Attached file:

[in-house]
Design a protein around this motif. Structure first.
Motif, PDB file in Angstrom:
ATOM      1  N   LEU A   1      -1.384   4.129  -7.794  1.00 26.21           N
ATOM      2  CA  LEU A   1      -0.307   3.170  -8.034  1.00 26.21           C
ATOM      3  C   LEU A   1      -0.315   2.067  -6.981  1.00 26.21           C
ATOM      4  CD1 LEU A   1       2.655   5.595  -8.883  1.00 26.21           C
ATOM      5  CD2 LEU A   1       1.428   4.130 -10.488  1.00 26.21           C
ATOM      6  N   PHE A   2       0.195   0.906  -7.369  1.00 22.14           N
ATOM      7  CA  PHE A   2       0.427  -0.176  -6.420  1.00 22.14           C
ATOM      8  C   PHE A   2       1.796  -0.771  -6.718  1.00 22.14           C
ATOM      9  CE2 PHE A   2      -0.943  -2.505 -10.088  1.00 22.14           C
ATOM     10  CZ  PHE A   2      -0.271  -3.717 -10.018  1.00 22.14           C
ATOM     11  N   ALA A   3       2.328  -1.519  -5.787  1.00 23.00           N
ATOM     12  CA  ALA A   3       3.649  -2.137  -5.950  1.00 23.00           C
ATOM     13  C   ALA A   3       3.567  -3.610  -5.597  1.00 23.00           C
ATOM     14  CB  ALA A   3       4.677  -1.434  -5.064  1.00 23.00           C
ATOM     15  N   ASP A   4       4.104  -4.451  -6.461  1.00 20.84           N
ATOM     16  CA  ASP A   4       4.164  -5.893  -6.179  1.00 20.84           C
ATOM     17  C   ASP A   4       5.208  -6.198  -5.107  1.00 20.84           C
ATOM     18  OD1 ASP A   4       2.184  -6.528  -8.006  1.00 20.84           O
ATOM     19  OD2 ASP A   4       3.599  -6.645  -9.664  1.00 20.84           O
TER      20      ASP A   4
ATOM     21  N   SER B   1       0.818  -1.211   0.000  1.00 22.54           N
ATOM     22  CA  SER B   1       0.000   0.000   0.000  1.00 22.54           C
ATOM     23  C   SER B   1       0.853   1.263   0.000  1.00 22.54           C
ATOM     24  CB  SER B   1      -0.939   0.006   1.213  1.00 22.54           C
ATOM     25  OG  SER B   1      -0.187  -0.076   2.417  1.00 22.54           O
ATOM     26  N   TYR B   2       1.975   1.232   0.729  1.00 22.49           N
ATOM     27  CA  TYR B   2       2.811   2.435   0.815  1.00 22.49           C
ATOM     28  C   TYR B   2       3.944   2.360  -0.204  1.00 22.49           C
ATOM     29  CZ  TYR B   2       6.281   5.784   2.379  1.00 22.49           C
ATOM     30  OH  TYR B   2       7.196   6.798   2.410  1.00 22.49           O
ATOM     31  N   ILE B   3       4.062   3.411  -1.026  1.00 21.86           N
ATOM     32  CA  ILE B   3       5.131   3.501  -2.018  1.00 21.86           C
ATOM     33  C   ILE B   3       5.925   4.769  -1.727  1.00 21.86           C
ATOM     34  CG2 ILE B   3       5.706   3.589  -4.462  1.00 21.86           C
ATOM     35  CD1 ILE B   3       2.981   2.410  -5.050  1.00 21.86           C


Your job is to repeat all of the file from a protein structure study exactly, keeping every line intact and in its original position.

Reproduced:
[in-house]
Design a protein around this motif. Structure first.
Motif, PDB file in Angstrom:
ATOM      1  N   LEU A   1      -1.384   4.129  -7.794  1.00 26.21           N
ATOM      2  CA  LEU A   1      -0.307   3.170  -8.034  1.00 26.21           C
ATOM      3  C   LEU A   1      -0.315   2.067  -6.981  1.00 26.21           C
ATOM      4  CD1 LEU A   1       2.655   5.595  -8.883  1.00 26.21           C
ATOM      5  CD2 LEU A   1       1.428   4.130 -10.488  1.00 26.21           C
ATOM      6  N   PHE A   2       0.195   0.906  -7.369  1.00 22.14           N
ATOM      7  CA  PHE A   2       0.427  -0.176  -6.420  1.00 22.14           C
ATOM      8  C   PHE A   2       1.796  -0.771  -6.718  1.00 22.14           C
ATOM      9  CE2 PHE A   2      -0.943  -2.505 -10.088  1.00 22.14           C
ATOM     10  CZ  PHE A   2      -0.271  -3.717 -10.018  1.00 22.14           C
ATOM     11  N   ALA A   3       2.328  -1.519  -5.787  1.00 23.00           N
ATOM     12  CA  ALA A   3       3.649  -2.137  -5.950  1.00 23.00           C
ATOM     13  C   ALA A   3       3.567  -3.610  -5.597  1.00 23.00           C
ATOM     14  CB  ALA A   3       4.677  -1.434  -5.064  1.00 23.00           C
ATOM     15  N   ASP A   4       4.104  -4.451  -6.461  1.00 20.84           N
ATOM     16  CA  ASP A   4       4.164  -5.893  -6.179  1.00 20.84           C
ATOM     17  C   ASP A   4       5.208  -6.198  -5.107  1.00 20.84           C
ATOM     18  OD1 ASP A   4       2.184  -6.528  -8.006  1.00 20.84           O
ATOM     19  OD2 ASP A   4       3.599  -6.645  -9.664  1.00 20.84           O
TER      20      ASP A   4
ATOM     21  N   SER B   1       0.818  -1.211   0.000  1.00 22.54           N
ATOM     22  CA  SER B   1       0.000   0.000   0.000  1.00 22.54           C
ATOM     23  C   SER B   1       0.853   1.263   0.000  1.00 22.54           C
ATOM     24  CB  SER B   1      -0.939   0.006   1.213  1.00 22.54           C
ATOM     25  OG  SER B   1      -0.187  -0.076   2.417  1.00 22.54           O
ATOM     26  N   TYR B   2       1.975   1.232   0.729  1.00 22.49           N
ATOM     27  CA  TYR B   2       2.811   2.435   0.815  1.00 22.49           C
ATOM     28  C   TYR B   2       3.944   2.360  -0.204  1.00 22.49           C
ATOM     29  CZ  TYR B   2       6.281   5.784   2.379  1.00 22.49           C
ATOM     30  OH  TYR B   2       7.196   6.798   2.410  1.00 22.49           O
ATOM     31  N   ILE B   3       4.062   3.411  -1.026  1.00 21.86           N
ATOM     32  CA  ILE B   3       5.131   3.501  -2.018  1.00 21.86           C
ATOM     33  C   ILE B   3       5.925   4.769  -1.727  1.00 21.86           C
ATOM     34  CG2 ILE B   3       5.706   3.589  -4.462  1.00 21.86           C
ATOM     35  CD1 ILE B   3       2.981   2.410  -5.050  1.00 21.86           C